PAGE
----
Reed’s Inc. is a company that has had its ups and downs. You may know it as a market leading manufacturer of ginger beer and a pioneer in the small but rapidly growing craft consumer beverage segment. As the only leading player making ginger beer that actually has ginger in it, the company is well positioned to expand on its lead in the space and capture much of the growth in this category. But it was not always this way.
Chris Reed, the company’s founder, essentially brought the category mainstream and grew this company from scratch to an organization with multiple brands together doing near $50 million of sales per year. He should be commended for building such a well-regarded brand, an effort he initiated largely on his own. But the company had its share of missteps. The most costly one was an ill-fated and strategically questionable foray into expanding its manufacturing operations with a major investment in a new plant in 2015. This move diverted capital away from marketing spending and brand building initiatives and brought operational execution risk into the picture. Later that year the company began having problems fulfilling its commitments to customers, and the company was hurt by increased distribution costs and lost sales. Further troubles soon followed which ultimately led to the installation of a new board and management team last summer.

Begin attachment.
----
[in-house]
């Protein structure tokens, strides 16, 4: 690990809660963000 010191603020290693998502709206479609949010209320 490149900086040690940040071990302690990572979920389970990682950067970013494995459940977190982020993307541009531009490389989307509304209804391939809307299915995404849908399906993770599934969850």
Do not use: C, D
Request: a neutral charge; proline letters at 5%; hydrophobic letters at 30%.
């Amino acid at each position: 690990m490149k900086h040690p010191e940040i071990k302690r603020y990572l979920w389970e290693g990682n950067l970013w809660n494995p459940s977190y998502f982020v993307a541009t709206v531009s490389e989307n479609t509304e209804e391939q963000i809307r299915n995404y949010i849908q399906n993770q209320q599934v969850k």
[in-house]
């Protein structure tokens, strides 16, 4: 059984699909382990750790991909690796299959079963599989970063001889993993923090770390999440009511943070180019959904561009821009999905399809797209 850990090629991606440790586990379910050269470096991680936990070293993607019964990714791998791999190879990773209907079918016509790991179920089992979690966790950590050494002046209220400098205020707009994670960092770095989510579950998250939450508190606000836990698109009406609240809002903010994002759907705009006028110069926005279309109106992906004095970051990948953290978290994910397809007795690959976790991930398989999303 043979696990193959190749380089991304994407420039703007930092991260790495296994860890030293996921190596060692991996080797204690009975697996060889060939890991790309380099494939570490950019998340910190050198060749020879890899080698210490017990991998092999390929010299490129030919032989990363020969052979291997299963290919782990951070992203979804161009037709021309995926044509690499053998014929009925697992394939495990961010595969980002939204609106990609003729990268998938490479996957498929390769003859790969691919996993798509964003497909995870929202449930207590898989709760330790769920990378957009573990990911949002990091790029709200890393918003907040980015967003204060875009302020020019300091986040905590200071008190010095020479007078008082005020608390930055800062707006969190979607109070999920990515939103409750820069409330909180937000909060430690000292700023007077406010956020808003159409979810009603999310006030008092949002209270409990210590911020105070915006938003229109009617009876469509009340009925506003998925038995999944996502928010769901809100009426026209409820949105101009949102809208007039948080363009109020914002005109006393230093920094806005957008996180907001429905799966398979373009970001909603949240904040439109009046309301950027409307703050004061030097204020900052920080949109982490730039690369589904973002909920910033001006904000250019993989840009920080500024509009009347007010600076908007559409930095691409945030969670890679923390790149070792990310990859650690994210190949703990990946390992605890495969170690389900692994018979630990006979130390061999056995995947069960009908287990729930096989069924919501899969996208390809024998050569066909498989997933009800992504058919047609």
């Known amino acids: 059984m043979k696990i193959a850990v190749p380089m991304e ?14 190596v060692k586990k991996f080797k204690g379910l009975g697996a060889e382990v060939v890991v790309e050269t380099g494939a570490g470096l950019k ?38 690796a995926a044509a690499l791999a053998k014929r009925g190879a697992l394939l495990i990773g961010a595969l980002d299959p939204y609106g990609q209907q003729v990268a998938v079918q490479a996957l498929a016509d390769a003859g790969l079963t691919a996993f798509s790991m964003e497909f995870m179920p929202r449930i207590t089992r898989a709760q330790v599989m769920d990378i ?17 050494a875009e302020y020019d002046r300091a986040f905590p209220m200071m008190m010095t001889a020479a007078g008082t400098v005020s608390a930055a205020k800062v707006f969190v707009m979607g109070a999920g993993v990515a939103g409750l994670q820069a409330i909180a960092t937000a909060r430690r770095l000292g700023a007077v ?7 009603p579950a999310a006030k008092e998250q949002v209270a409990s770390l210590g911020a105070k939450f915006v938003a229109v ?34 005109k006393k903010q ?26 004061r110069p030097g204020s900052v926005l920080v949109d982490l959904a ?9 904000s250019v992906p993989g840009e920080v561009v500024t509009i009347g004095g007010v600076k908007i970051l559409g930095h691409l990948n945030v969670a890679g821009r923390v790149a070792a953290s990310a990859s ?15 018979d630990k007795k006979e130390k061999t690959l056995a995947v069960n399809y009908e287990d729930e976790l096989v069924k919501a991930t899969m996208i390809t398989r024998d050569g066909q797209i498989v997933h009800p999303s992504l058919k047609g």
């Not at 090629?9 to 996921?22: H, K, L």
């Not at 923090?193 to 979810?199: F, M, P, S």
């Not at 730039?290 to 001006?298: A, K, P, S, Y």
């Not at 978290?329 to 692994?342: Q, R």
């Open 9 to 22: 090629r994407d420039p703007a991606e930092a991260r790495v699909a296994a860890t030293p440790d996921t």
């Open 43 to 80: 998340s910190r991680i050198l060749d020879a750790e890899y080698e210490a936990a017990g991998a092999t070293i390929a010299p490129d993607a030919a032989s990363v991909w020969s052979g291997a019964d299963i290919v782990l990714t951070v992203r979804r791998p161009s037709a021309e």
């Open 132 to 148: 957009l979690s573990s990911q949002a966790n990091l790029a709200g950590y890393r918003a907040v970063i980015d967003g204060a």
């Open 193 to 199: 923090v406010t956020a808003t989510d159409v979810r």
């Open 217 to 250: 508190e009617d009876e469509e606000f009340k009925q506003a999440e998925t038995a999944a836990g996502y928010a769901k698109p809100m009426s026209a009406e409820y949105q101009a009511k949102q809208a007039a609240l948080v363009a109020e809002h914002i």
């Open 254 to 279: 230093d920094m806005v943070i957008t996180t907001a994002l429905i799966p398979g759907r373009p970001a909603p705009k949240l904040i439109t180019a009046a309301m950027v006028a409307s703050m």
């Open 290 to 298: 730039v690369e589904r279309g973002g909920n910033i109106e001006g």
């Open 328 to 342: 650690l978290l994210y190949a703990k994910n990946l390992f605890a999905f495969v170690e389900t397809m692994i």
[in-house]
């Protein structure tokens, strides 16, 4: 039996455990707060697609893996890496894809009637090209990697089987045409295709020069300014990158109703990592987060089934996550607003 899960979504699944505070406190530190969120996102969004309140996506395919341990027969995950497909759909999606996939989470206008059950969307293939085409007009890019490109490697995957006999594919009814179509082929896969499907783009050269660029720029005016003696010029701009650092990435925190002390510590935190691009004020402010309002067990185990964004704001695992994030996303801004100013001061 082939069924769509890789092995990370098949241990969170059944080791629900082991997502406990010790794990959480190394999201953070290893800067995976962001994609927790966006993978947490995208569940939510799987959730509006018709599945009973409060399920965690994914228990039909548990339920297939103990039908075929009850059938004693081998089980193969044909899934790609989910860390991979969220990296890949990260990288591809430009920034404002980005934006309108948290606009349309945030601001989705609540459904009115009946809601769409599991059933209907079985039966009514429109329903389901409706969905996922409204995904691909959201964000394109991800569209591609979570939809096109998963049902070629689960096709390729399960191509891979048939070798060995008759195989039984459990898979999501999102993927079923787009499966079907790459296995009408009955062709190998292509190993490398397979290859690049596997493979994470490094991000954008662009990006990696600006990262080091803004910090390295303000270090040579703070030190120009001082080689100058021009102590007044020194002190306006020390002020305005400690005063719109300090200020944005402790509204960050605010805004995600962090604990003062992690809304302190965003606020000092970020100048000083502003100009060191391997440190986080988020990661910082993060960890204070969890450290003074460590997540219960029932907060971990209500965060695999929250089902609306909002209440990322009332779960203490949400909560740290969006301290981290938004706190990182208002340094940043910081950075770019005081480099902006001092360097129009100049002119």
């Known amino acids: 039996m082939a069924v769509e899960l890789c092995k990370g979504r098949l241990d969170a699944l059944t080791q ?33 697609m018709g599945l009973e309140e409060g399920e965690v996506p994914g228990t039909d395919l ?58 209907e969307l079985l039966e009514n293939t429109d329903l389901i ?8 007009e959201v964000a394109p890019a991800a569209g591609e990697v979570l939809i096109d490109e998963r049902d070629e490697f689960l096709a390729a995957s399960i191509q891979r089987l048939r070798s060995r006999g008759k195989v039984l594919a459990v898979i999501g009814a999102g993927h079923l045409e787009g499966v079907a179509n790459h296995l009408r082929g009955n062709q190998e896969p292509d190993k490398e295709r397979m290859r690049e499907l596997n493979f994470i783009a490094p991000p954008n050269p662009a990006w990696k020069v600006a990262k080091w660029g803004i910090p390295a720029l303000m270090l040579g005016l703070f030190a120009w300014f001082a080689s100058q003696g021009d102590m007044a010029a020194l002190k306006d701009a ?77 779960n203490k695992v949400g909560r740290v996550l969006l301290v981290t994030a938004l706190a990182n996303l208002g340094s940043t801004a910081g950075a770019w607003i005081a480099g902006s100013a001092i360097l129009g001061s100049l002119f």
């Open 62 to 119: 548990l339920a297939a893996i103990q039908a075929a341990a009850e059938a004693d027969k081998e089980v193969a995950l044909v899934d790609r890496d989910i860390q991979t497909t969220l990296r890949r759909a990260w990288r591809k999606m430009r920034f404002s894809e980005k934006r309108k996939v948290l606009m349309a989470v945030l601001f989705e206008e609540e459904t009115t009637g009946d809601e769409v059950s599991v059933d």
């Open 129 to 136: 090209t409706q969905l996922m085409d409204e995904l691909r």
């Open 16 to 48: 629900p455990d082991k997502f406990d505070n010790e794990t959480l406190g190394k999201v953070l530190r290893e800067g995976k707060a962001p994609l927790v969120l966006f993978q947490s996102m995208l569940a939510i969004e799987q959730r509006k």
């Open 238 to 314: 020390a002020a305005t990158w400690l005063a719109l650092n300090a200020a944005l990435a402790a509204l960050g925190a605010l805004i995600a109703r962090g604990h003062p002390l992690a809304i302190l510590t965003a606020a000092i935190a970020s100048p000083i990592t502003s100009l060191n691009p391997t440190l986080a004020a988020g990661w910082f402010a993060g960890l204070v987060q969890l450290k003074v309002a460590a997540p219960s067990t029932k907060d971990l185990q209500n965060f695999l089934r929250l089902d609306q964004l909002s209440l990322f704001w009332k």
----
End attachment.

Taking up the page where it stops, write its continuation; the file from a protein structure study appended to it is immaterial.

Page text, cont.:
The new Chairman of the Board is John Bello, founder of Sobe and former Chairman of Izze. A year ago he tapped a new CEO, Val Stalowir, who I had the pleasure of meeting for lunch in Greenwich, CT a few months ago at a restaurant named, quite appropriately, The Ginger Man. He likewise has impressive experience within the industry with prior leadership and operational experience. The new team is appropriately transitioning the company to an asset-light strategy. The intended sale of its L.A. based plant will finalize the move away from the capital-intensive manufacturing operations and the company will devote the lion’s share of its resources towards marketing and brand building going forward. The focus will be on only their most visible and best-positioned brands, Virgil’s and Reed’s, as these two brands hold leadership positions in categories that are growing at mid-single digits and mid-teens levels annually, respectively. The new team looks intent on developing the brands and potentially positioning them for a sale to a larger player, a common play in the consumer beverage playbook.